Rethinking the Senses: Uniting the Philosophy and Neuroscience of PerceptionLarge Grant
Professor Colin Blakemore, Centre for the Study of the Senses, Institute of Philosophy, University of London
Dr Ophelia Deroy, Institute of Philosophy, University of London
Professor Fiona Macpherson, University of Glasgow
Professor Matthew Nudds, University of Warwick
Professor Charles Spence, University of Oxford
Image credit: The Books of Venice, © Patrick Hughes
Our everyday understanding of perception is that we see, touch, smell, taste, and hear. The vocabulary of five distinct senses ramifies through our descriptions of thought, emotion, and aesthetics. Until recently, philosophers and scientists alike have accepted this framework and studied each of the senses in isolation. Modern cognitive neuroscience is challenging our understanding of sensory perception: instead of five we might have to count up to 33 different senses, each served by dedicated sets of receptors. Studying the senses in isolation is also misleading: everyday experiences, such as watching a film or eating a meal, involve different senses working together. At the cinema, the sounds we hear seem to originate from the lips of the actors we see on the screen, even though we know they come from distant loudspeakers. Flavour is a particularly rich example of sensory interaction: what we call the ‘taste’ of food and drink largely comes from smell rather than taste buds. A loss of smell then, whether temporary or permanent, will greatly affect one’s eating experience. Flavour experiences are also affected by the colour of the foods, their spatial arrangements and even the sounds that accompany them. Finally, the sense of our bodies not only combines tactile and proprioceptive cues, but is also dependent on vision. All these effects demonstrate that multisensory interactions are the rule rather than the exception. This shift in the study of perception towards multisensory experience requires an entirely new framework, to which both the humanities and the sciences need to contribute.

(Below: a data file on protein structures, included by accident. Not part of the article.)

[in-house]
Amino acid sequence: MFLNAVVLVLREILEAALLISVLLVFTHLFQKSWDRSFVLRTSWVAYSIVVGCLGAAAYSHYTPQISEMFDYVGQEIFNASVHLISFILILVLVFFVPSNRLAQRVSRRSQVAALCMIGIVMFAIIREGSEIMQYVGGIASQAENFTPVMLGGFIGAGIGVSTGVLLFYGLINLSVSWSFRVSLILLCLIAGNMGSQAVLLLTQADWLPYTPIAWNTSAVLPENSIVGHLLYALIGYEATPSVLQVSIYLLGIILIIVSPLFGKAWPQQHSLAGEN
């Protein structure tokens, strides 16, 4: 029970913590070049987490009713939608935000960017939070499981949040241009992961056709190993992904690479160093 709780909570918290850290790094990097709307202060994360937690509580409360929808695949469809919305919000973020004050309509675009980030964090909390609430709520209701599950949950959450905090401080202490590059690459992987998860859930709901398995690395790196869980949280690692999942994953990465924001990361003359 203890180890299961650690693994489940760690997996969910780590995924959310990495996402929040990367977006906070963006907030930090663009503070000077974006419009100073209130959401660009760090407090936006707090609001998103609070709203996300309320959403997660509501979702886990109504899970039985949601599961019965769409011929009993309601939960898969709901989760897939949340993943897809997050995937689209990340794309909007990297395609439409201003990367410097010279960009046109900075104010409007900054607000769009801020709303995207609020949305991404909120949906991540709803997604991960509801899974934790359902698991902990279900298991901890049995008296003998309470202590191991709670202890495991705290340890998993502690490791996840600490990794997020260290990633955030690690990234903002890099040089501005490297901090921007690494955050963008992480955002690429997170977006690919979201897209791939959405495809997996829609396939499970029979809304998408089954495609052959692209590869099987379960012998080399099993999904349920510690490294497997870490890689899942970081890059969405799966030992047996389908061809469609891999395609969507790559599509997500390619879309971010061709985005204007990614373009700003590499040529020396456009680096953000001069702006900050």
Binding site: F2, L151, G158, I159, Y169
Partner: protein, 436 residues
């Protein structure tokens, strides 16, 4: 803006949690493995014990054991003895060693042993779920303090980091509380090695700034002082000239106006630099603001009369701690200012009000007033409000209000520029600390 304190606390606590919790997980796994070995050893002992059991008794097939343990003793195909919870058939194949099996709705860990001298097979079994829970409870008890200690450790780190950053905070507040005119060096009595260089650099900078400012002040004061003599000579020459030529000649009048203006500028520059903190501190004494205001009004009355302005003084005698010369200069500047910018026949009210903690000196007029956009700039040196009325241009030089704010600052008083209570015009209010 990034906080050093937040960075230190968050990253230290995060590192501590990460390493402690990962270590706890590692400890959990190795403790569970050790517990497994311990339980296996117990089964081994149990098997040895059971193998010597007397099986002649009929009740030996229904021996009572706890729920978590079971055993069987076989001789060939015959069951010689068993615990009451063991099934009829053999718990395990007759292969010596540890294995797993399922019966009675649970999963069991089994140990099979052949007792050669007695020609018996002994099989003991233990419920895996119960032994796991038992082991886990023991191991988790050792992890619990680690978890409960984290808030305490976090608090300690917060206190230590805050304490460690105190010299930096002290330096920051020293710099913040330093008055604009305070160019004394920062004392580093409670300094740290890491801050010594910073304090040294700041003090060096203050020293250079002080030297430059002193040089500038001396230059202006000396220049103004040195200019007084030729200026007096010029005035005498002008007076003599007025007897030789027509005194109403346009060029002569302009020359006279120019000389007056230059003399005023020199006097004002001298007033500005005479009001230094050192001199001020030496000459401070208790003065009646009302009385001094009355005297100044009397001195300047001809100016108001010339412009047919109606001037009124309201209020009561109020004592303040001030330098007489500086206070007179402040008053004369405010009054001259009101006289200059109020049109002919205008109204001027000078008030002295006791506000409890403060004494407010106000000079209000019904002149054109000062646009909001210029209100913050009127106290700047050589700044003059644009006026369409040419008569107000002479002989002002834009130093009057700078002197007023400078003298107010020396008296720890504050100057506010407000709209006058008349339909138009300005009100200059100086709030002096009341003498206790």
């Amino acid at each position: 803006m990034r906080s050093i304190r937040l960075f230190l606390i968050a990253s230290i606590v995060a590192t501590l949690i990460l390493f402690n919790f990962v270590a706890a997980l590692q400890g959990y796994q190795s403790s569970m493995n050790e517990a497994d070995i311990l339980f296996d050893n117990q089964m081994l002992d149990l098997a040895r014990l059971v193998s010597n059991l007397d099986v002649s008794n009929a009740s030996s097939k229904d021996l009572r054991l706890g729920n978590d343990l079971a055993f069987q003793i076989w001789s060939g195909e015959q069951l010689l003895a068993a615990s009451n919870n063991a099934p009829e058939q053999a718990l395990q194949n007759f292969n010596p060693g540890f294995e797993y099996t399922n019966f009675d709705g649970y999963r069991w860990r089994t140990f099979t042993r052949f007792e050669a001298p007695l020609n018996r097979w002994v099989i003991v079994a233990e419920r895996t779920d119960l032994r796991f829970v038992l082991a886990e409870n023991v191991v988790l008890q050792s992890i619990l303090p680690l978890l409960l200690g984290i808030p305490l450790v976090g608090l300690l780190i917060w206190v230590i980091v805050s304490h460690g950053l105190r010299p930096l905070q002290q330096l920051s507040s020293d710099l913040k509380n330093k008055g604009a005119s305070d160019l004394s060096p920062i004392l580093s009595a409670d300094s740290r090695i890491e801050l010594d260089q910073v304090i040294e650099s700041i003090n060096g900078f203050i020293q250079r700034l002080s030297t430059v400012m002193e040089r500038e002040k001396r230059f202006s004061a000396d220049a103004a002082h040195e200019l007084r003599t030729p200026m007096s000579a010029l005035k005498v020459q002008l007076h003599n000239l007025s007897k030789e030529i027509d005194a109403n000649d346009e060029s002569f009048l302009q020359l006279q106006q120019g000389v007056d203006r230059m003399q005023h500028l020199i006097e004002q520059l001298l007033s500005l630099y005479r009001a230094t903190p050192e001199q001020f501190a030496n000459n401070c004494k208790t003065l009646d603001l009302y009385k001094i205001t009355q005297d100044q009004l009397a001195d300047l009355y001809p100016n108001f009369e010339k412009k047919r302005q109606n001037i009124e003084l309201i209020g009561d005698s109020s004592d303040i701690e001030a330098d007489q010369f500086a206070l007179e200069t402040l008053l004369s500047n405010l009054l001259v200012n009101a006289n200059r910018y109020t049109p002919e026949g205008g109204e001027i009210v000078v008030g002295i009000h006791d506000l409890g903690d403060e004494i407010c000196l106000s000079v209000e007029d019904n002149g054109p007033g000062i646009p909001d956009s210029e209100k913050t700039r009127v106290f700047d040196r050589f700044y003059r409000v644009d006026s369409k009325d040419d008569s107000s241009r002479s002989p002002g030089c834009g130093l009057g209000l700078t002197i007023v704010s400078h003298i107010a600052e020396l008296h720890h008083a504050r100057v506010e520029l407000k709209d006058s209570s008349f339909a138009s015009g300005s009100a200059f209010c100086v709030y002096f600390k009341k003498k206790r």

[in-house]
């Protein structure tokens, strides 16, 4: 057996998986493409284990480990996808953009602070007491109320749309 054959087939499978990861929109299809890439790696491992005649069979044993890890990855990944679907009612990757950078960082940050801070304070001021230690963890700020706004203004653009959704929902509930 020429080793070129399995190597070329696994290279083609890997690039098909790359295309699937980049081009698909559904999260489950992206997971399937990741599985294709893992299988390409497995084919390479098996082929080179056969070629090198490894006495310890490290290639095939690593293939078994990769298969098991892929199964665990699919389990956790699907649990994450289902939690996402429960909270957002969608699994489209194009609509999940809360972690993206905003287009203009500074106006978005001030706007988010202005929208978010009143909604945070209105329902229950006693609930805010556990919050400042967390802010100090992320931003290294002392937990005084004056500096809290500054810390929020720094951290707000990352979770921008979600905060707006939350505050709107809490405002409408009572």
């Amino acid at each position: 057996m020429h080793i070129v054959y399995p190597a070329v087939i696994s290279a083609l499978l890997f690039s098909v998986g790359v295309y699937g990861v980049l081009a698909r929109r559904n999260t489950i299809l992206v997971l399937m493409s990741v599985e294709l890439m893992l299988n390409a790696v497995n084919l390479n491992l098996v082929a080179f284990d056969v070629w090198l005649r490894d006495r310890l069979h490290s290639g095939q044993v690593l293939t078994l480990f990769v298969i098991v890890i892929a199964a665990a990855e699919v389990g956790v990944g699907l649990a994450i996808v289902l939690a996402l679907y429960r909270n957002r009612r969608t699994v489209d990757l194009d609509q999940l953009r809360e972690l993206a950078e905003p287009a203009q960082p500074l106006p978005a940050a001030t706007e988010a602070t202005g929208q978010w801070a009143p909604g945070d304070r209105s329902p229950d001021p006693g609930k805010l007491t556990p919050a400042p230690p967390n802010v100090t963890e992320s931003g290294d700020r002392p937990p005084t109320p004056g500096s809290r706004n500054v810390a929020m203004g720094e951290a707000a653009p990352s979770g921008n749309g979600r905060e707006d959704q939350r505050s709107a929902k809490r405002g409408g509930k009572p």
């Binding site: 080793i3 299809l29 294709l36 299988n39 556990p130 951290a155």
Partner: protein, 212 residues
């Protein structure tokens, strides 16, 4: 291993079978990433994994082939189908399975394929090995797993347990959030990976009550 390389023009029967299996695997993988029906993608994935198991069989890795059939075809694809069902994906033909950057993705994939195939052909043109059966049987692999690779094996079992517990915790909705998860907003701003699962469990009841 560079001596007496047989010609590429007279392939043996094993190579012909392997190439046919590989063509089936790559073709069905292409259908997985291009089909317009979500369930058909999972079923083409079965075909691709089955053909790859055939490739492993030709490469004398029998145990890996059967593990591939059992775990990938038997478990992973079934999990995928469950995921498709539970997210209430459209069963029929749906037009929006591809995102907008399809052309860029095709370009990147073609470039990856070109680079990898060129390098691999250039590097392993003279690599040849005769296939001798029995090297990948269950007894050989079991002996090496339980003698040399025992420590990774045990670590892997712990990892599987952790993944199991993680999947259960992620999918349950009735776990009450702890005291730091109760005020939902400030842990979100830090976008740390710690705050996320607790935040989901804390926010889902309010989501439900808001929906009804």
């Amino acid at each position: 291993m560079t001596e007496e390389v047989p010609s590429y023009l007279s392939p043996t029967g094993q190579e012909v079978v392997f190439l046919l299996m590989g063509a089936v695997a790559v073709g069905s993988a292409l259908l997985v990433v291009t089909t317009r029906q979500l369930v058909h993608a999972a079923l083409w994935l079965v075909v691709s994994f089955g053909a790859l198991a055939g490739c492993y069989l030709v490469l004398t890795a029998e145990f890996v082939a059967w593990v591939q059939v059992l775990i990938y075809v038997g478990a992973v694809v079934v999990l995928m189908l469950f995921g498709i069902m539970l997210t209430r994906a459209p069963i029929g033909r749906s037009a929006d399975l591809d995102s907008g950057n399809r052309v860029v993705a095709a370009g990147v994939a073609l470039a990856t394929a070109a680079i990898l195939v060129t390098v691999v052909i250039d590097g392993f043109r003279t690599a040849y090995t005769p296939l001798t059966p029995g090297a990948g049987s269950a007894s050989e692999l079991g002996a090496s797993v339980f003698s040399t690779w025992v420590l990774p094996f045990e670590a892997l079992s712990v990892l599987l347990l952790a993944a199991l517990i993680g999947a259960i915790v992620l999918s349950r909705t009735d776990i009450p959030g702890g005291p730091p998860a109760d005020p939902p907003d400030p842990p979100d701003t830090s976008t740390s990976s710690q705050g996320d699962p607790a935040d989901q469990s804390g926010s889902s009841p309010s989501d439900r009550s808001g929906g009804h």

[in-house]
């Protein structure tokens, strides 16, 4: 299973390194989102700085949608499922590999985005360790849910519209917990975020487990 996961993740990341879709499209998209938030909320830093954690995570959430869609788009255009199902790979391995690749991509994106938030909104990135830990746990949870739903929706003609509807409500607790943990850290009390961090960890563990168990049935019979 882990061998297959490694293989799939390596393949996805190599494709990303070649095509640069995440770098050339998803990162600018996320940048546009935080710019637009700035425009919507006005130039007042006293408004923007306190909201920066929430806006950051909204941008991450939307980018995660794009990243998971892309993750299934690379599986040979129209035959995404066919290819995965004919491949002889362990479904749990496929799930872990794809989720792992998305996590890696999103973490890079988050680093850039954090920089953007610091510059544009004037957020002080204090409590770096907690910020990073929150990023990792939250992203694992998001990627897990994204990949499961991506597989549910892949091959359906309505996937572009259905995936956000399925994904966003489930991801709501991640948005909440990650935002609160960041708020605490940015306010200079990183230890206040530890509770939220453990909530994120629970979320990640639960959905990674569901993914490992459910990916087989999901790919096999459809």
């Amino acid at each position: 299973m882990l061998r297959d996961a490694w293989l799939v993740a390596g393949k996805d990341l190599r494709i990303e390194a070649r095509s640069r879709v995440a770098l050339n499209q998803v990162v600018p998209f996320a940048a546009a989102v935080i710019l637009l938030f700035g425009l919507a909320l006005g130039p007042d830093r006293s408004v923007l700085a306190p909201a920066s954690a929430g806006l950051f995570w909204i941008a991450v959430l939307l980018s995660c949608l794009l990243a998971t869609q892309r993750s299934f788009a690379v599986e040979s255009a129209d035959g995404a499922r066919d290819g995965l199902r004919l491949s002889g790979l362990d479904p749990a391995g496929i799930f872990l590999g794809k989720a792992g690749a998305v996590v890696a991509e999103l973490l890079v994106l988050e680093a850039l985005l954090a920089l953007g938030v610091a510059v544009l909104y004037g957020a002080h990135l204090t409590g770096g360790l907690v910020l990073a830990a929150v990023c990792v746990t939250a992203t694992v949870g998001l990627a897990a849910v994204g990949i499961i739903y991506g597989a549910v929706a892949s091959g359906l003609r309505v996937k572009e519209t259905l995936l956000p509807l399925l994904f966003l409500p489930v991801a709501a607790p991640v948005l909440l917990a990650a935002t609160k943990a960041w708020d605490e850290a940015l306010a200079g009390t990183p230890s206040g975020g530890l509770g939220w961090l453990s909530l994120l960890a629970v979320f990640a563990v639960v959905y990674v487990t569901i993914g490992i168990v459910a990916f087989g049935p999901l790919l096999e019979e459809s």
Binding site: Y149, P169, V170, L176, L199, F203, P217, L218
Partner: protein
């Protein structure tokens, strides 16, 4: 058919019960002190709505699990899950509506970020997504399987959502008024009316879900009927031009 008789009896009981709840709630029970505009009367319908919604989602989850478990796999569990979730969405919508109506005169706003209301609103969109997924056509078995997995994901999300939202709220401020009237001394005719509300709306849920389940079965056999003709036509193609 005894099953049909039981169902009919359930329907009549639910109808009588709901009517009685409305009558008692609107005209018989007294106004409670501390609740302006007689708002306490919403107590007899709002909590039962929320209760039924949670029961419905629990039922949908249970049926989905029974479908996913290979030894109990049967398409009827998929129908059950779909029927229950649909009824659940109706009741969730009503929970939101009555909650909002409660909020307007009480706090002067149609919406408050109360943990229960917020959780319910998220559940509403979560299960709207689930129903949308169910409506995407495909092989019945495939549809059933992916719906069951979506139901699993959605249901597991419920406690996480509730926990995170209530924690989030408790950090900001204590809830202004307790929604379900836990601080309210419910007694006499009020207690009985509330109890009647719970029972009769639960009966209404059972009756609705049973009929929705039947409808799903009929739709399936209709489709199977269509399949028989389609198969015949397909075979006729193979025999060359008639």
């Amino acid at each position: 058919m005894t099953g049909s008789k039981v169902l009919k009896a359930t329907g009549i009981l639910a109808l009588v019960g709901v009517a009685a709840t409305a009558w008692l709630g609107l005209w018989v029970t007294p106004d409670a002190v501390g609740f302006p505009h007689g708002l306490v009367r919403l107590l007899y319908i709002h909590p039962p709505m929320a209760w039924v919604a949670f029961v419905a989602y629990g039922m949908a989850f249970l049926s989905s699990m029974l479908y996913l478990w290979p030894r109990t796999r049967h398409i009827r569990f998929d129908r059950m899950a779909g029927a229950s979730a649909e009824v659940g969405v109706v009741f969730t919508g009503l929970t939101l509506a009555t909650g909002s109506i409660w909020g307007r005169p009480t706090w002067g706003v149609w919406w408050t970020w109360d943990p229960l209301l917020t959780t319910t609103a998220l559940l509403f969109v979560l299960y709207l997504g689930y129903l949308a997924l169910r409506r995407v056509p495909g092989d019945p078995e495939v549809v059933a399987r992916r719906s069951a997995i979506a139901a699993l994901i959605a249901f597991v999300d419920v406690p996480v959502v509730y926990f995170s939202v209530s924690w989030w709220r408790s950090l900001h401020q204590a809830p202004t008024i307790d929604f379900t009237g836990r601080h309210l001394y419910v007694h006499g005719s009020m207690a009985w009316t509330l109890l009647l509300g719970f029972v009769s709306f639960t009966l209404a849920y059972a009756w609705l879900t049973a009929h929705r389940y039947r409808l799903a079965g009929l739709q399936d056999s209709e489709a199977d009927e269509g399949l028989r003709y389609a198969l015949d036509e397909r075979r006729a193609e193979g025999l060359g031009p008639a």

We will draw upon the expertise of philosophers, psychologists and neuroscientists, allowing them to work together in entirely new ways. Through seminars, workshops and conferences, they will consider existing scientific evidence within a philosophical framework, with the specific intention of raising critical questions to be tested empirically. Philosophers and scientists will work together in this work, including the design and conduct of experiments within a new experimental space at the Institute of Philosophy, the first of its kind to be dedicated to interactions between the sciences, the art and the humanities. Collaborations, events and new online resources, available to specialists, the media and the public, will highlight the importance of the multisensory revolution in research on perception.
‘Not 5 but 33 senses’, AHRC Science in Culture Theme blog post
A Case Study (PDF) of this AHRC Science in Culture Theme Large Grant is available to download here: AHRC Rethinking the Senses Case Study